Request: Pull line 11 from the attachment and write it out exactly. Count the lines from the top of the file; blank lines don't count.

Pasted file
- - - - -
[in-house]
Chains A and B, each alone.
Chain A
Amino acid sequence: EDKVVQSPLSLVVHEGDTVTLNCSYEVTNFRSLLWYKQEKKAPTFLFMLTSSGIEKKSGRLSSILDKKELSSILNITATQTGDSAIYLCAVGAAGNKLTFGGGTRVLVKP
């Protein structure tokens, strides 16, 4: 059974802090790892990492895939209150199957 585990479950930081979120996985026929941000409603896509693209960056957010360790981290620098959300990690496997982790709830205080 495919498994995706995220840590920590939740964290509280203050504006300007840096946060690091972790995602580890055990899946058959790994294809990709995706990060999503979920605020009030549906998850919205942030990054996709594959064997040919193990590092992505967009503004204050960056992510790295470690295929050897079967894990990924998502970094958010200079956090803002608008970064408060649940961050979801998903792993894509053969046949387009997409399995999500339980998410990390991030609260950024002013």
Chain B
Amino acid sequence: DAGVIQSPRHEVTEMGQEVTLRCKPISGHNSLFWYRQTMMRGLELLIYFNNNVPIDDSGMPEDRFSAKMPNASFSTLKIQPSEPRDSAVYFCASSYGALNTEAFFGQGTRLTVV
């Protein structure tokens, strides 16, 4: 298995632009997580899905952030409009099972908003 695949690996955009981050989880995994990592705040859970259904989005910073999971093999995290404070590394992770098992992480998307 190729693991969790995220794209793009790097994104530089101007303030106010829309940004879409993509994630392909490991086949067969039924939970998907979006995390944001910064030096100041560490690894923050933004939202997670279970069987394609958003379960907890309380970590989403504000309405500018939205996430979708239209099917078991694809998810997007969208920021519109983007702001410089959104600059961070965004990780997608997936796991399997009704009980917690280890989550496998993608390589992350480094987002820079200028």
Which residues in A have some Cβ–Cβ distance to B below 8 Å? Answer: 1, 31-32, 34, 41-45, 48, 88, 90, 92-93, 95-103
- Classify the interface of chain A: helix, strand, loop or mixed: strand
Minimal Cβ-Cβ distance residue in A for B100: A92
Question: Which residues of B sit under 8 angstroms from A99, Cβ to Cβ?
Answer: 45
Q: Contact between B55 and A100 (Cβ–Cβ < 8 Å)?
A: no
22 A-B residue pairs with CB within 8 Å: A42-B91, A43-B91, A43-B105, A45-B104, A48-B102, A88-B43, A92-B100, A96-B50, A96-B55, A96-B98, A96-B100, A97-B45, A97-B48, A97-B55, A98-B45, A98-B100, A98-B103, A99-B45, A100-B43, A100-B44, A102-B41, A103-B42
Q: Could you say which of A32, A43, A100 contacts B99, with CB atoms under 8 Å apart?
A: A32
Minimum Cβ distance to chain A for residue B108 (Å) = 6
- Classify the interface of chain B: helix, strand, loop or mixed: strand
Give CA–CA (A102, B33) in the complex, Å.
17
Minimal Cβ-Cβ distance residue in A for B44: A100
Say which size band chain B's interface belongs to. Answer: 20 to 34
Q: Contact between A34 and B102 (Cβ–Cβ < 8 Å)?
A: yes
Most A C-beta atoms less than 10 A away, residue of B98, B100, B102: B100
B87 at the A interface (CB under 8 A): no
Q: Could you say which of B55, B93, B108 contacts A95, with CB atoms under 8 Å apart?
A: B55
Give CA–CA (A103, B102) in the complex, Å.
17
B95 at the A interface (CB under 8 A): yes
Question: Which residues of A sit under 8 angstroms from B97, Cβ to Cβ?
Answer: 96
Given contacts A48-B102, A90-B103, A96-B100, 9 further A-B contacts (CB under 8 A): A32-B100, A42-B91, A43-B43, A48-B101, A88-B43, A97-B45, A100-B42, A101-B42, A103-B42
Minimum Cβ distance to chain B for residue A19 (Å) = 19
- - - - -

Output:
Minimal Cβ-Cβ distance residue in A for B100: A92